OneNote UX Redesign


4 floating iPhones in a row displaying screens of a newly redesigned OneNote app

How might we redesign OneNote with inclusive and accessible design at the forefront?


OneNote is a cloud-based note-taking app reaching tens of millions of users. One of the big projects I supported while on the design team was a redesign effort that aimed to address usability issues, cross-platform inconsistencies, and accessibility. This project primarily included redesigning the navigation model, improving the color palette, and many other targeted improvements. As a visual designer, my involvement focused on the visual design patterns and systems being introduced in the new interaction models.

No matter the job function, everyone on the team understood our goal. The problems this project aimed to address were widely evangelized. Despite a passionate fan base, and respectable app store reviews, there were a handful of significant problems including:

  • Low retention rates
  • Several usability issues among first-time users
  • Complete lack of accessibility support

After many brainstorming sessions between the creative director, designers, and researchers, we tackled the problem with three goals in mind:


1. Develop a consistent navigation pattern across all platforms
  • Clearly communicate OneNote’s organizational system
  • Significantly reduce design debt
2. De-emphasize power-user features that went against the paper notebook metaphor
  • Remove features like section groups and subpages, in order to clarify the organizational structure of our app
  • Unfortunately, we couldn't fully eliminate these features due to backward compatibility requirements.
3. Make sections an optional level of organization to reduce friction for new users
  • Through extensive usability testing and research, we discovered that forcing people to organize their notes first, before actually taking a note, presented unnecessary friction.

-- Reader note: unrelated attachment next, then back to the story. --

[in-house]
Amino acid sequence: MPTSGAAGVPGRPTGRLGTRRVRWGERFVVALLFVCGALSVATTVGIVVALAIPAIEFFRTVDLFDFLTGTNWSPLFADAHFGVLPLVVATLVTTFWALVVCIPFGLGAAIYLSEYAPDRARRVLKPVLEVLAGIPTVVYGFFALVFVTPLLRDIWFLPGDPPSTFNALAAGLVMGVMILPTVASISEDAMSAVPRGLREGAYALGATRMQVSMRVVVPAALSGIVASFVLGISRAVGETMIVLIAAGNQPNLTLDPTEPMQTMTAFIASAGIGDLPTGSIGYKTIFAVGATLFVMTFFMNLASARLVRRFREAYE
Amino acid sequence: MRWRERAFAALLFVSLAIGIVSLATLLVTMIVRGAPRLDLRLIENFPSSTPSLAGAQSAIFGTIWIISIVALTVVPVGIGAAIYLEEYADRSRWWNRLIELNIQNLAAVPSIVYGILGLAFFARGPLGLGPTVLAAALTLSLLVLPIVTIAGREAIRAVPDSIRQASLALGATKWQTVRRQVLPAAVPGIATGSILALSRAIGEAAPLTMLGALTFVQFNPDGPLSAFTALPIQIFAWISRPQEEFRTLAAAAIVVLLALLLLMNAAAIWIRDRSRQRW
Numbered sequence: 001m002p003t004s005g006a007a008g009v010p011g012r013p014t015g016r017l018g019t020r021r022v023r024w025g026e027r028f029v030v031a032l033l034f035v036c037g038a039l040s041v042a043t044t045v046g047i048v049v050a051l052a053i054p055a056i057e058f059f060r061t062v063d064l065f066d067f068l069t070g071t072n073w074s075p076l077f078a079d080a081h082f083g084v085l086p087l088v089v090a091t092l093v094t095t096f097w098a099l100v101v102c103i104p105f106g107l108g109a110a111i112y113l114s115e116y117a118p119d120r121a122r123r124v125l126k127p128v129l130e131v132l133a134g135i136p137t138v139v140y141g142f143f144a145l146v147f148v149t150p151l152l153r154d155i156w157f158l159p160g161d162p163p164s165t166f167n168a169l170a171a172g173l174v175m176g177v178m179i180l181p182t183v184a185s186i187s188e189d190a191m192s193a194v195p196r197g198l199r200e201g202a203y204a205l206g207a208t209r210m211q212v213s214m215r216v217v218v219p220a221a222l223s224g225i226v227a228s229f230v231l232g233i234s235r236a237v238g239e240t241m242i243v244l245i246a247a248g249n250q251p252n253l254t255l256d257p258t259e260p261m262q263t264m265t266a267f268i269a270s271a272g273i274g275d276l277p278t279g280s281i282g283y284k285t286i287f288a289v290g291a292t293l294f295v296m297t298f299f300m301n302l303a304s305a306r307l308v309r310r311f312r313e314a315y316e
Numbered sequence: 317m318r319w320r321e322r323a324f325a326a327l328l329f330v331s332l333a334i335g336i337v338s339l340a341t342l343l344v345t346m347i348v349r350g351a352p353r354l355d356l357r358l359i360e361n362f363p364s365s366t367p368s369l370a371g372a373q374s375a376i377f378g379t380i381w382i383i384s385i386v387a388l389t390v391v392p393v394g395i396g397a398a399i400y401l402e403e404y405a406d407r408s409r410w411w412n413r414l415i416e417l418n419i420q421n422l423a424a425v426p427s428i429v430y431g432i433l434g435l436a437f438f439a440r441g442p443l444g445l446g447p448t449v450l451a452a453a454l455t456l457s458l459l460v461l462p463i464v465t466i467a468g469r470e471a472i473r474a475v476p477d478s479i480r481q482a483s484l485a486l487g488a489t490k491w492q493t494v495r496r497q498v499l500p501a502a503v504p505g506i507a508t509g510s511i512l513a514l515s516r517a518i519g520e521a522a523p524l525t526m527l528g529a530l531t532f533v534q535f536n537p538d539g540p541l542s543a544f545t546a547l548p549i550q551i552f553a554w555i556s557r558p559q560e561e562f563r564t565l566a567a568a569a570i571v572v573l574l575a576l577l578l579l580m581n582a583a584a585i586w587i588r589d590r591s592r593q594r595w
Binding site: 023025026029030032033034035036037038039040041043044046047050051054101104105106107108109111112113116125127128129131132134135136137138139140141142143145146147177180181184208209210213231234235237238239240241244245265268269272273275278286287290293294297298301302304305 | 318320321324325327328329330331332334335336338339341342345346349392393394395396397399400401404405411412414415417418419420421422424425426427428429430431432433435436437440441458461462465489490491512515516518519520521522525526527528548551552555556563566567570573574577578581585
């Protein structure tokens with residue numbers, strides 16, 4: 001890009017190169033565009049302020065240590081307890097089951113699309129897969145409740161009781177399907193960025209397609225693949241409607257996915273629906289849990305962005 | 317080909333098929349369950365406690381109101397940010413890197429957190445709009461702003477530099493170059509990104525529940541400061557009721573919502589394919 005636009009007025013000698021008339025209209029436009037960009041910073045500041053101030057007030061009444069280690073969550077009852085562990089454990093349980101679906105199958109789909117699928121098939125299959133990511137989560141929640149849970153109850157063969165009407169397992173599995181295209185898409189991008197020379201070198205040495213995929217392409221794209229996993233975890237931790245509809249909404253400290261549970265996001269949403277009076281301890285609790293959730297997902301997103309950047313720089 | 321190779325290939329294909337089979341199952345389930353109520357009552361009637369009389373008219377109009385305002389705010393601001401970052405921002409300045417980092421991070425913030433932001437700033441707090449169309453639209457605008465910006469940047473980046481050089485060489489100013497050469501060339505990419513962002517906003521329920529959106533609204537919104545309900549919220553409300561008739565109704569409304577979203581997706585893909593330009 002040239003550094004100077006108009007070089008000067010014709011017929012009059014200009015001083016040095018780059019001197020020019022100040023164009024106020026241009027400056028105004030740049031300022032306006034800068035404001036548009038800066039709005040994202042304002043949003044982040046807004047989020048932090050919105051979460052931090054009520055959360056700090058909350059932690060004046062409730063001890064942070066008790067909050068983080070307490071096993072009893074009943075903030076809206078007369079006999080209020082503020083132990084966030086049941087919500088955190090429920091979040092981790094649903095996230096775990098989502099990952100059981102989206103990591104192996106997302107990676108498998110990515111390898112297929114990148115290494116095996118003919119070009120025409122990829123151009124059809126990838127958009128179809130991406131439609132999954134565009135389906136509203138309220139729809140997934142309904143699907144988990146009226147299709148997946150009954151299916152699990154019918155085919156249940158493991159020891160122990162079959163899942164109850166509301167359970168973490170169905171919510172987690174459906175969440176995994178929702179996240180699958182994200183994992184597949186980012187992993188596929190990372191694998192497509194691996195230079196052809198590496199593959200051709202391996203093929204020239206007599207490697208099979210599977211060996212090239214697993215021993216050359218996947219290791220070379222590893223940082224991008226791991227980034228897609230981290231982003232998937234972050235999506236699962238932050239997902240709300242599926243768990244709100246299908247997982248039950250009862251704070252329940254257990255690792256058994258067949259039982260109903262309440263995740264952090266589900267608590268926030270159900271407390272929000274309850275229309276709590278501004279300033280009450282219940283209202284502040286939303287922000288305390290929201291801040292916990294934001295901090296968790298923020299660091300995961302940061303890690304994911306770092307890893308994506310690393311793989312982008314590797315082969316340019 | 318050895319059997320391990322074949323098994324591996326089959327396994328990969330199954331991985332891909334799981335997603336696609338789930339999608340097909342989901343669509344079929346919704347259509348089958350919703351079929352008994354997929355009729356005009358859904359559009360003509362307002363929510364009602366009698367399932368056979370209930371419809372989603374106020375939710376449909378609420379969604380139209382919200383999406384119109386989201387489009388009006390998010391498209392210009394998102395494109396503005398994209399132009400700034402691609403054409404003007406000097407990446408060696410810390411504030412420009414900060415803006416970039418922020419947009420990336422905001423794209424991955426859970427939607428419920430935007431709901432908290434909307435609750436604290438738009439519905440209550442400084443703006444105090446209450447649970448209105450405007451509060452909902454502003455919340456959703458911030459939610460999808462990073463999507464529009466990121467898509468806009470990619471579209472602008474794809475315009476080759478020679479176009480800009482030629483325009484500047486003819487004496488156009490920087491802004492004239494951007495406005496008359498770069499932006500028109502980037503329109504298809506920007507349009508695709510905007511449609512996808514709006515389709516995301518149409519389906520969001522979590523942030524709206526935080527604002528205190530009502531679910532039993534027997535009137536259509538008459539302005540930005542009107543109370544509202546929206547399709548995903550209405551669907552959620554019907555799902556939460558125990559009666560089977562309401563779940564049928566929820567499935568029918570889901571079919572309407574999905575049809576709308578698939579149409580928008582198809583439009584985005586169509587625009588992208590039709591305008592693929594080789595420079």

• However, due to high engineering costs this goal ended up being out of scope.

The "Before" designs for iPad and iPhone


Visual designer for Mac & iOS

Producing dozens of visual iterations

I worked with the Creative Director and the Lead Interaction Designer to explore as many designs as possible that were aligned with the project goals, repeating the iteration cycle based on findings. Through this process I created a variety of different interaction models for us to test going forward.

Coding prototypes to test with users

I created Framer prototypes with the more successful and interesting visual design solutions. These prototypes were then used to conduct usability testing with students, teachers, office workers, and people with various disabilities.

Rebuilding our color palette

Not only were roughly half of our colors not AAA compliant, but the palette had also bloated to 162 different colors across all platforms. To address this, I lead work in creating a palette of true, pure colors that allowed the product to fully lean into color as language. For a more in-depth look at my color process, see this documentation.

We also worked to purposefully design the Accessibility palette. If a user turns on the Darken Colors feature in iOS, OneNote has a specific design and color palette for this mode.


Unifying OneNote across platforms & pixels

The project's final solution was fully released in May 2017. Below is a screen recording from October 2018 of the design. The following screens are designs I created that ended up not making it to the final product.

Screen recording of OneNote interactions on Mac
Final design on Mac, released in May 2017
No items found.

Major redesigns can work!

By the time this project was completed, I was no longer at Microsoft – the bulk of my contributions shipped about 8 months after I left the team. After the release several former coworkers shared these exciting and important highlights:

• OneNote's App Store ratings, already high, actually increased after the redesign.

Our product averaged 4.5 stars across platforms just weeks after the release. Considering how many apps see their ratings decline after a redesign, this was a considerable achievement.

• Hundreds of people reached out to the team via social media and OneNote's feedback tool to tell us how much they loved the new design.

We also heard from many people with accessibility needs who told us how much they appreciated the improvements. Plus, we were no longer at risk of legal action because of our previously inaccessible product.

• Most importantly for the business, OneNote's retention rates and user growth saw statistically significant increases in the months after the redesign was released.

This was a really exciting team and project to work on, and I'm really pleased I was able to contribute so much to this massive project. Congrats again to the OneNote team!

Read the official redesign announcement

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